There is an invitation in these questions that God asks Job that goes beyond Job’s (and my) attempts to understand why bad things happen to good people. Hebrew Scriptures scholar Walter Brueggemann suggests that this story invites us to look beyond the goodness of people to the goodness of God. “Yes, hang on to your integrity, Job, for it is never questioned,” Brueggemann writes. “But learn a second language. Learn to speak praise and yielding which let you cherish your virtue less tightly.”[3]

Job thought that his virtue should be his salvation (and a lot of us think the same thing). But we are not saved by our virtue. We are even spiritually blocked by it at times. “No one,” Brueggemann writes, “can stand in the face of the whirlwind on a soap-box of virtue … Being right is no substitute for being amazed.”[4]

That is the blessing of the New England thunderstorm. It brings me to a place of awe. And awe brings me to a place of praise.

I suppose it is easy for me to say. I had shelter and the electricity would probably be restored before I went to bed. What about for the person who is crying out from the ash heap? Or how about when we witness the suffering of innocents? We want there to be reason for the suffering.

And so often there isn’t any. Sometimes suffering happens without reason, but perhaps Barbara Brown Taylor is right, that “the worst thing that can happen is not to suffer without reason, but to suffer without God – without any hope of consolation or rebirth.” We can get angry and even impolite, she says, because “God prefers Job’s courage to the piety of Job’s friends.… Devout defiance pleases God. It may even bring God out of hiding, with a roar that lays our ears back against our heads (and makes the angels shout for joy).”[5]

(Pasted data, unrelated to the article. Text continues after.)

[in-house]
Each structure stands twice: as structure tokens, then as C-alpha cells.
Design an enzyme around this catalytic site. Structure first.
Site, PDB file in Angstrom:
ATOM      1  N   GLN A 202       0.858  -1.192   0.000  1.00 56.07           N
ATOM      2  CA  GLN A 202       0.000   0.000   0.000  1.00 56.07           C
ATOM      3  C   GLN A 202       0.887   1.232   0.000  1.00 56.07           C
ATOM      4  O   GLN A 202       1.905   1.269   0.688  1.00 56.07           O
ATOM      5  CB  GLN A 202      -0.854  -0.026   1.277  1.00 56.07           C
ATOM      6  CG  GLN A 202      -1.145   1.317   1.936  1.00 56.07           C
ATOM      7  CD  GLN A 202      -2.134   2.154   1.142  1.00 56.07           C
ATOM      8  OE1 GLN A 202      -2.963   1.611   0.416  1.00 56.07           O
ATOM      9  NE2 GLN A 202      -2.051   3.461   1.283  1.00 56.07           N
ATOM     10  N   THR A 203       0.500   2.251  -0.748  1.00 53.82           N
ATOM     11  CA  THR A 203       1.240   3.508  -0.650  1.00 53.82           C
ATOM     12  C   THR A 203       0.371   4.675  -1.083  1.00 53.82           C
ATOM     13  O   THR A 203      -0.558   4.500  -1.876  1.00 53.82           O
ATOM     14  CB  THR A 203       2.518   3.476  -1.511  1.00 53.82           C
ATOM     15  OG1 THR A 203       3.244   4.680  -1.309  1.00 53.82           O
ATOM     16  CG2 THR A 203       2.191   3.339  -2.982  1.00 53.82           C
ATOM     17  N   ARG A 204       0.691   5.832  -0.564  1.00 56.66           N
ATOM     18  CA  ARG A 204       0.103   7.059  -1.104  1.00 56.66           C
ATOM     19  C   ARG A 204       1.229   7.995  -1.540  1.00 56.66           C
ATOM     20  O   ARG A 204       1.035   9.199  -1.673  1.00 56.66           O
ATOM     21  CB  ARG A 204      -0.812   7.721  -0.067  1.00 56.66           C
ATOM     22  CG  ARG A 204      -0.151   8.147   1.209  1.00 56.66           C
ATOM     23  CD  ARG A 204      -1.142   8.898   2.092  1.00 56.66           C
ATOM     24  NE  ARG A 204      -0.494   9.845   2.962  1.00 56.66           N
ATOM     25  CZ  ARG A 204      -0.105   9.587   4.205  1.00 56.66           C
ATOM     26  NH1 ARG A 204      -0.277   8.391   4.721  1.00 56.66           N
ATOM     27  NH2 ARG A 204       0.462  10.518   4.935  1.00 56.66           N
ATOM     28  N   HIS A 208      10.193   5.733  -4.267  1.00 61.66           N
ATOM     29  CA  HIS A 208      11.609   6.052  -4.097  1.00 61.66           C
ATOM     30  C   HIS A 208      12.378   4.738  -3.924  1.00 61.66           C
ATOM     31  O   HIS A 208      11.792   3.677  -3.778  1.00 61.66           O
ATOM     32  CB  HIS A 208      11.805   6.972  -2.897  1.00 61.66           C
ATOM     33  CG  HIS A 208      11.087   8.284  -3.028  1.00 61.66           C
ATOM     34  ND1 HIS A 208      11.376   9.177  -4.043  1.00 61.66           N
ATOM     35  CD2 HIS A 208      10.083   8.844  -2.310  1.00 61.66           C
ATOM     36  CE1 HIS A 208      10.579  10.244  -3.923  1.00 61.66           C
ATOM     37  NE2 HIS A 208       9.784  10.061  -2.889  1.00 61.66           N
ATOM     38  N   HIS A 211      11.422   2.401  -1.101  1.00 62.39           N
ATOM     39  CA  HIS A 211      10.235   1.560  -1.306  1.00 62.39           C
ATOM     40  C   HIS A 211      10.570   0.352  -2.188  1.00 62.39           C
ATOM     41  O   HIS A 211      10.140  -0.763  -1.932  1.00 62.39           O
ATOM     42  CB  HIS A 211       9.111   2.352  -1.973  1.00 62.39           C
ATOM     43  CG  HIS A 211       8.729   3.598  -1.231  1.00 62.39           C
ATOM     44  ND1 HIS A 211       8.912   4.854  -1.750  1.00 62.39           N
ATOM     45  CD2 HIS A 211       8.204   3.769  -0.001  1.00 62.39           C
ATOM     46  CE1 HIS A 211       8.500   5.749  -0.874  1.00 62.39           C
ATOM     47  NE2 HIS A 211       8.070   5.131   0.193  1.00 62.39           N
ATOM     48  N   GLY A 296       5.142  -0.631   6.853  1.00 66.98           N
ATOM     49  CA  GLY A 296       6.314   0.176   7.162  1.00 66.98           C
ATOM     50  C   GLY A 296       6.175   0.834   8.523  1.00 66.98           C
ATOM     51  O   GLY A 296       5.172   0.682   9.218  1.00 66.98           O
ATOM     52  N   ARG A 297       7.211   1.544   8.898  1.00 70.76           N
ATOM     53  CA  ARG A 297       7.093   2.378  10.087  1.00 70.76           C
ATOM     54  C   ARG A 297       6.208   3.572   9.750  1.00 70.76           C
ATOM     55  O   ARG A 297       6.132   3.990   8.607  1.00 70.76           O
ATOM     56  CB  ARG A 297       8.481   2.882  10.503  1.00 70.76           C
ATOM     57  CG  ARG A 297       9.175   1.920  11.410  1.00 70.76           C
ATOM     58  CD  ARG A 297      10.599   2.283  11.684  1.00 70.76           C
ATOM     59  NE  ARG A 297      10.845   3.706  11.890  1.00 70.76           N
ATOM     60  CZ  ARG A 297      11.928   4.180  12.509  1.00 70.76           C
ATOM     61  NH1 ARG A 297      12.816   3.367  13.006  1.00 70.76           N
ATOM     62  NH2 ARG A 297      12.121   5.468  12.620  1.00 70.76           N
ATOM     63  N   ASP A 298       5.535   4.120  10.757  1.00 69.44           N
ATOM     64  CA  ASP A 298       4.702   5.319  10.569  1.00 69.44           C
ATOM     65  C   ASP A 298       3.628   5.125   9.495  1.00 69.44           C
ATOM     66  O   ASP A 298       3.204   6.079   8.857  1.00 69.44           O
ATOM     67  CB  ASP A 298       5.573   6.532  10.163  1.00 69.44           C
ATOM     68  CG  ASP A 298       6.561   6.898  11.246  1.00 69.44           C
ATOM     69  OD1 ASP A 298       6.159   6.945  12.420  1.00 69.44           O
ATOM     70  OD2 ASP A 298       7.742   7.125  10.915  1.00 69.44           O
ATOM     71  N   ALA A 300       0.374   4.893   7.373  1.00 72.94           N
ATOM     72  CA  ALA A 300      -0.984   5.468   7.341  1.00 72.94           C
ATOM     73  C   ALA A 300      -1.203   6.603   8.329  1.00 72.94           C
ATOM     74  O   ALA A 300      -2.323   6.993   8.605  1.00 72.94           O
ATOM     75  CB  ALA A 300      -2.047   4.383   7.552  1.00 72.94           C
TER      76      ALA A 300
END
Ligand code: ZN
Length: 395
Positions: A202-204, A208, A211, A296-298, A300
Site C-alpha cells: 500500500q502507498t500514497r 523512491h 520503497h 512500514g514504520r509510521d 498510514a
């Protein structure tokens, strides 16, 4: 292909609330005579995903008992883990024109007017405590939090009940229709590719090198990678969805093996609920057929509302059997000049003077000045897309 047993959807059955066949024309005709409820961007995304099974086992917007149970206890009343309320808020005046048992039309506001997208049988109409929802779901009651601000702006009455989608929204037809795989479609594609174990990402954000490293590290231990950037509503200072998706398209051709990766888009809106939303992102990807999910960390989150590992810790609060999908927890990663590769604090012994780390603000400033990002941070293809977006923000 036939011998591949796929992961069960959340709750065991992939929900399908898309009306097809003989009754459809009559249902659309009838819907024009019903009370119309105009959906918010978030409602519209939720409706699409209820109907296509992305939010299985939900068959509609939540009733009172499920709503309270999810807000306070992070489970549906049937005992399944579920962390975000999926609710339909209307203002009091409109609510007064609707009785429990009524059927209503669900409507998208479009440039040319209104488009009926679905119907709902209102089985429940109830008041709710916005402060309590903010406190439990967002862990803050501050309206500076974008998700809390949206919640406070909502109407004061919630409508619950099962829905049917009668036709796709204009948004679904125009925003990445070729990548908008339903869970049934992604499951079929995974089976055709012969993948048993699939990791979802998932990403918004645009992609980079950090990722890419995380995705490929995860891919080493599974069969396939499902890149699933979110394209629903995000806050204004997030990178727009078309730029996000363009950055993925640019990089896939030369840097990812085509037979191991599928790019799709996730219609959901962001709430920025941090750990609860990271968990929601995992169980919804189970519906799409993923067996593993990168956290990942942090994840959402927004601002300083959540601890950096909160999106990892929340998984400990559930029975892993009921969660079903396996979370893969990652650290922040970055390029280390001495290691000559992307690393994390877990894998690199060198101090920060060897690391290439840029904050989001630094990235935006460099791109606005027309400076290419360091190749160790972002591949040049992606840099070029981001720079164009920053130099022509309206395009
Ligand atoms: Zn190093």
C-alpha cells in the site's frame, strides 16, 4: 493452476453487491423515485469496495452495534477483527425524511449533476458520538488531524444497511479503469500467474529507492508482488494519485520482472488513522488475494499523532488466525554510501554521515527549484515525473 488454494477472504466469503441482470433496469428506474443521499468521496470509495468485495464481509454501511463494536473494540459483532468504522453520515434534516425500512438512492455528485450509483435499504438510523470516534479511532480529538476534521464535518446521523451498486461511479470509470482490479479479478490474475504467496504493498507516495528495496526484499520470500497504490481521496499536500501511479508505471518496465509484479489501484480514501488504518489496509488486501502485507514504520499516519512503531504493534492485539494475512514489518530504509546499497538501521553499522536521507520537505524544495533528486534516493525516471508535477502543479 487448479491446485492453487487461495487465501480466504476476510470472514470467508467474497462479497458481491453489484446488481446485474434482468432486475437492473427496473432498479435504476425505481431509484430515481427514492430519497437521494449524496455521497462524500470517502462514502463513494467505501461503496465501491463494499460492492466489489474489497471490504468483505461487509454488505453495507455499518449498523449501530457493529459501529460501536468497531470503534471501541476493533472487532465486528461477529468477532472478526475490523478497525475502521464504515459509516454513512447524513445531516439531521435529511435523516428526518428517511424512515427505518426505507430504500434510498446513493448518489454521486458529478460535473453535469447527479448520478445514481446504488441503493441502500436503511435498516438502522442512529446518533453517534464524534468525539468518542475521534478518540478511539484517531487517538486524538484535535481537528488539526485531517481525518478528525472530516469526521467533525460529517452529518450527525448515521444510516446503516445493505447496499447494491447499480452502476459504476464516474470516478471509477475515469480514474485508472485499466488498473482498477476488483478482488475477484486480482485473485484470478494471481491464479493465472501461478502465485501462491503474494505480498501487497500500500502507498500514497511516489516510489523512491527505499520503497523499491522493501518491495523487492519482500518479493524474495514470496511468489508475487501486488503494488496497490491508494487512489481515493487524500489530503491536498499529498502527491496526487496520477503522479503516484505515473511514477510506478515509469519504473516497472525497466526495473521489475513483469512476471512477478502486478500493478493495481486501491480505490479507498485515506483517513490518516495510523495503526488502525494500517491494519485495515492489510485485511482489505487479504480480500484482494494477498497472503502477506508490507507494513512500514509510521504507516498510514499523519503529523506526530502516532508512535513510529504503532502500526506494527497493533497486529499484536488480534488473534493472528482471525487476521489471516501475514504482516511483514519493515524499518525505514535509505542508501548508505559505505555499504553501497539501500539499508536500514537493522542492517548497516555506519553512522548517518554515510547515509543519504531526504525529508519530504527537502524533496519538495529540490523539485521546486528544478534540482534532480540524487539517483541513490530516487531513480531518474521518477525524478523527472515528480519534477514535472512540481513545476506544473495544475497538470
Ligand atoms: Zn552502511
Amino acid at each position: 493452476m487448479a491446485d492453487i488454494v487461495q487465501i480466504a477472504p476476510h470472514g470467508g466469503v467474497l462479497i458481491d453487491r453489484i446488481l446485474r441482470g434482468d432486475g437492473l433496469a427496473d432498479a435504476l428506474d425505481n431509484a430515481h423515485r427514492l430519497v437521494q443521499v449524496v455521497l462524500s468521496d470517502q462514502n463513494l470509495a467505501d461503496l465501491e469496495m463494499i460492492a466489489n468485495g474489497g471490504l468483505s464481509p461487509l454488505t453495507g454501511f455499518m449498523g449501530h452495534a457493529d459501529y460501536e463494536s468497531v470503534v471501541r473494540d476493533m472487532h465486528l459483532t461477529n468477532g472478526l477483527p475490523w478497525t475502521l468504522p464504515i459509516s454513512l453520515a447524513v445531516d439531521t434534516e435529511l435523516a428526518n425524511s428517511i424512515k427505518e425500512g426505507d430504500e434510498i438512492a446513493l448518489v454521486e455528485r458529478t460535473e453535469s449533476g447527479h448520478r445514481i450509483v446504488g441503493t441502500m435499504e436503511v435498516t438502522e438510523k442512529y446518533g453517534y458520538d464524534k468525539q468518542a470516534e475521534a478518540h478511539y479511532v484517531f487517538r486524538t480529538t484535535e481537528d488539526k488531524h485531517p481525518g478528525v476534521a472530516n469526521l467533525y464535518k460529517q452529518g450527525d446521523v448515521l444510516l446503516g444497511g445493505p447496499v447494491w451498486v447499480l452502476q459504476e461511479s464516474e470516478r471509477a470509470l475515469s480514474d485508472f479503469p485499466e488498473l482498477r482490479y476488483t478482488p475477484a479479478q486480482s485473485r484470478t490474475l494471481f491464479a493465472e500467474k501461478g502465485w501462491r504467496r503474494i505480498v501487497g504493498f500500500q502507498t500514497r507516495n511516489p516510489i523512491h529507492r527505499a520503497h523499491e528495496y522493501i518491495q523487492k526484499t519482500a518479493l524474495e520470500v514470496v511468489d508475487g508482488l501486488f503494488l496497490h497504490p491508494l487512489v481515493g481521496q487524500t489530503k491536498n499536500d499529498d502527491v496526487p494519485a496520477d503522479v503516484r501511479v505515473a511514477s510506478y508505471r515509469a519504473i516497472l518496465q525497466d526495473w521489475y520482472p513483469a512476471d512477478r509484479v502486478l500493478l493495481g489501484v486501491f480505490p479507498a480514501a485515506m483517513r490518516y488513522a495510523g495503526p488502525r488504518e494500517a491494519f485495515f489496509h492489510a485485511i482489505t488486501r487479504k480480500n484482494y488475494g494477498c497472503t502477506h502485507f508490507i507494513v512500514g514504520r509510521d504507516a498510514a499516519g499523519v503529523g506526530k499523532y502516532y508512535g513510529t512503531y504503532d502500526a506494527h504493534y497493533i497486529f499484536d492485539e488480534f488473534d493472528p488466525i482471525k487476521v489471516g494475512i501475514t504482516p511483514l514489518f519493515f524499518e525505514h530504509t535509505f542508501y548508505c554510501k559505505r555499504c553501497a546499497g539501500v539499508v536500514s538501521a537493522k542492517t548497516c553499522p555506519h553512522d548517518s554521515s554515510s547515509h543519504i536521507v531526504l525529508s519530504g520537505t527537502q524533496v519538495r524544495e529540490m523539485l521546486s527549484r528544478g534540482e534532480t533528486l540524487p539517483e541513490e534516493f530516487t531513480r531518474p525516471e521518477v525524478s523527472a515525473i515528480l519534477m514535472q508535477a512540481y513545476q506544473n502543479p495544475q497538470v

I think perhaps our problem is not with God, but with our understanding of God. We expect God to be in charge. We want God to be reasonable. And we want things to be fair.

But what if God’s not like that?

What if God is not some great watchmaker up above us all who sets the world in motion and makes sure that virtue is rewarded and evil is punished? What if God does not direct the universe, but underlies it? And what if, to quote Annie Dillard, “The more we wake to holiness, the more of it we give birth to, the more we introduce, expand and multiply it on earth, the more God is ‘on the field’”[6]?

And I think I should stop there, even though that means I’m concluding my sermon with that series of questions. But concluding this sermon with questions seems appropriate given the scripture lesson, even though doing so may feel unsatisfactory.


[1] Patrick J. Willson, “Living by the Word,” Christian Century, 14 October 2015, 22; emphasis added.

[2] Karla Suomala, “Commentary on Job 38:1-7 [34-41], Working Preacher, https://www.workingpreacher.org/preaching.aspx?commentary_id=2671 (accessed 13 October 2015).

[3] Walter Brueggemann, “A Bilingual Life, The Threat of Life, quoted by Kathryn Matthews, “Sermon Seeds October 18, 2015,” United Church of Christ, http://www.ucc.org/worship_samuel_sermon_seeds_october_18_2015#Job (accessed 13 October 2015).

[4] Ibid.

[5] Barbara Brown Taylor, “Out of the Whirlwind,” Home by Another Way, quoted by Kathryn Matthews, “Sermon Seeds October 18, 2015,” United Church of Christ, http://www.ucc.org/worship_samuel_sermon_seeds_october_18_2015#Job (accessed 13 October 2015).

[6] Annie Dillard, “Holy Sparks: A Prayer for the Silent God,” from the collection Best Spiritual Writing 2000, quoted by Kathryn Matthews, “Sermon Seeds October 18, 2015,” United Church of Christ, http://www.ucc.org/worship_samuel_sermon_seeds_october_18_2015#Job (accessed 13 October 2015).